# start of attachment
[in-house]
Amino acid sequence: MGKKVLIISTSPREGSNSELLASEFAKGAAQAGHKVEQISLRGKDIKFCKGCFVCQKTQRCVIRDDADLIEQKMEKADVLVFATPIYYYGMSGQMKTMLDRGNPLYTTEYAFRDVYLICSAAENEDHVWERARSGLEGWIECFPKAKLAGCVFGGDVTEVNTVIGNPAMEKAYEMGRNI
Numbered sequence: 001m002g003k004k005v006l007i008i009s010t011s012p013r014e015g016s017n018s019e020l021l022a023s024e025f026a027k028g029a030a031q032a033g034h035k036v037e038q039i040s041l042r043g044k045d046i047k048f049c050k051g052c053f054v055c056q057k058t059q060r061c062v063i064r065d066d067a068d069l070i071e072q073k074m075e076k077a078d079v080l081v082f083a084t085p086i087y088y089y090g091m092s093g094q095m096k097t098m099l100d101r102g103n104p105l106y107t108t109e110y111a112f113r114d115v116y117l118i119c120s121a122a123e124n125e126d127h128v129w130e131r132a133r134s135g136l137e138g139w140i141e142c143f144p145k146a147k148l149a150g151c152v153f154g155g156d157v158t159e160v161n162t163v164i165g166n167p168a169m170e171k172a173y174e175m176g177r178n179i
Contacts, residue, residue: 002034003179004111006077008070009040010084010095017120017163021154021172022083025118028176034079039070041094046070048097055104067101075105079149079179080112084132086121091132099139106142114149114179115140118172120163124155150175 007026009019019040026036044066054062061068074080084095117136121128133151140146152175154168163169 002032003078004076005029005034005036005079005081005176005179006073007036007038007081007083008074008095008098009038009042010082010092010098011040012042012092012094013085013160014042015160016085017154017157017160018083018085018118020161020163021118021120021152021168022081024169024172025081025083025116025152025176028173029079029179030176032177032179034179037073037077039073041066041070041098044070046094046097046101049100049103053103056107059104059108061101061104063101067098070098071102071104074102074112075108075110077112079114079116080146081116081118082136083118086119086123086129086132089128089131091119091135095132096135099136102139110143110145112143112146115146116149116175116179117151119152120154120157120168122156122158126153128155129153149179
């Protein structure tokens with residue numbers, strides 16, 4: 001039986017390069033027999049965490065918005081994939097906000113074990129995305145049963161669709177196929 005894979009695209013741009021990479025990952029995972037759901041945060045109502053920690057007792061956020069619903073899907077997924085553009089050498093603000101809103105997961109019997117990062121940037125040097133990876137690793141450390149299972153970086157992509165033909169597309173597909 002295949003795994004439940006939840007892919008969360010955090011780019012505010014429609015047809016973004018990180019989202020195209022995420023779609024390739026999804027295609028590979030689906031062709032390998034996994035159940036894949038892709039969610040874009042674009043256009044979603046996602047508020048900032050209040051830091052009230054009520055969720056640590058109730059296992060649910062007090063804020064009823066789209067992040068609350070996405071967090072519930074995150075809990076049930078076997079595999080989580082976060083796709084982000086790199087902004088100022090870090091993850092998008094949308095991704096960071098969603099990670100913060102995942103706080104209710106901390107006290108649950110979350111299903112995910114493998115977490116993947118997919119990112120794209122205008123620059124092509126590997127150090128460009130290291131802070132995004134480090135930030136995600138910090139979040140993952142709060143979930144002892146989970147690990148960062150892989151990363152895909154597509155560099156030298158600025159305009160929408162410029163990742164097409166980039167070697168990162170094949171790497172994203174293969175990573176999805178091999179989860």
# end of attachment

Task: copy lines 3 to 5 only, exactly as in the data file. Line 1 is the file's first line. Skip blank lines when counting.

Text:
Numbered sequence: 001m002g003k004k005v006l007i008i009s010t011s012p013r014e015g016s017n018s019e020l021l022a023s024e025f026a027k028g029a030a031q032a033g034h035k036v037e038q039i040s041l042r043g044k045d046i047k048f049c050k051g052c053f054v055c056q057k058t059q060r061c062v063i064r065d066d067a068d069l070i071e072q073k074m075e076k077a078d079v080l081v082f083a084t085p086i087y088y089y090g091m092s093g094q095m096k097t098m099l100d101r102g103n104p105l106y107t108t109e110y111a112f113r114d115v116y117l118i119c120s121a122a123e124n125e126d127h128v129w130e131r132a133r134s135g136l137e138g139w140i141e142c143f144p145k146a147k148l149a150g151c152v153f154g155g156d157v158t159e160v161n162t163v164i165g166n167p168a169m170e171k172a173y174e175m176g177r178n179i
Contacts, residue, residue: 002034003179004111006077008070009040010084010095017120017163021154021172022083025118028176034079039070041094046070048097055104067101075105079149079179080112084132086121091132099139106142114149114179115140118172120163124155150175 007026009019019040026036044066054062061068074080084095117136121128133151140146152175154168163169 002032003078004076005029005034005036005079005081005176005179006073007036007038007081007083008074008095008098009038009042010082010092010098011040012042012092012094013085013160014042015160016085017154017157017160018083018085018118020161020163021118021120021152021168022081024169024172025081025083025116025152025176028173029079029179030176032177032179034179037073037077039073041066041070041098044070046094046097046101049100049103053103056107059104059108061101061104063101067098070098071102071104074102074112075108075110077112079114079116080146081116081118082136083118086119086123086129086132089128089131091119091135095132096135099136102139110143110145112143112146115146116149116175116179117151119152120154120157120168122156122158126153128155129153149179
């Protein structure tokens with residue numbers, strides 16, 4: 001039986017390069033027999049965490065918005081994939097906000113074990129995305145049963161669709177196929 005894979009695209013741009021990479025990952029995972037759901041945060045109502053920690057007792061956020069619903073899907077997924085553009089050498093603000101809103105997961109019997117990062121940037125040097133990876137690793141450390149299972153970086157992509165033909169597309173597909 002295949003795994004439940006939840007892919008969360010955090011780019012505010014429609015047809016973004018990180019989202020195209022995420023779609024390739026999804027295609028590979030689906031062709032390998034996994035159940036894949038892709039969610040874009042674009043256009044979603046996602047508020048900032050209040051830091052009230054009520055969720056640590058109730059296992060649910062007090063804020064009823066789209067992040068609350070996405071967090072519930074995150075809990076049930078076997079595999080989580082976060083796709084982000086790199087902004088100022090870090091993850092998008094949308095991704096960071098969603099990670100913060102995942103706080104209710106901390107006290108649950110979350111299903112995910114493998115977490116993947118997919119990112120794209122205008123620059124092509126590997127150090128460009130290291131802070132995004134480090135930030136995600138910090139979040140993952142709060143979930144002892146989970147690990148960062150892989151990363152895909154597509155560099156030298158600025159305009160929408162410029163990742164097409166980039167070697168990162170094949171790497172994203174293969175990573176999805178091999179989860």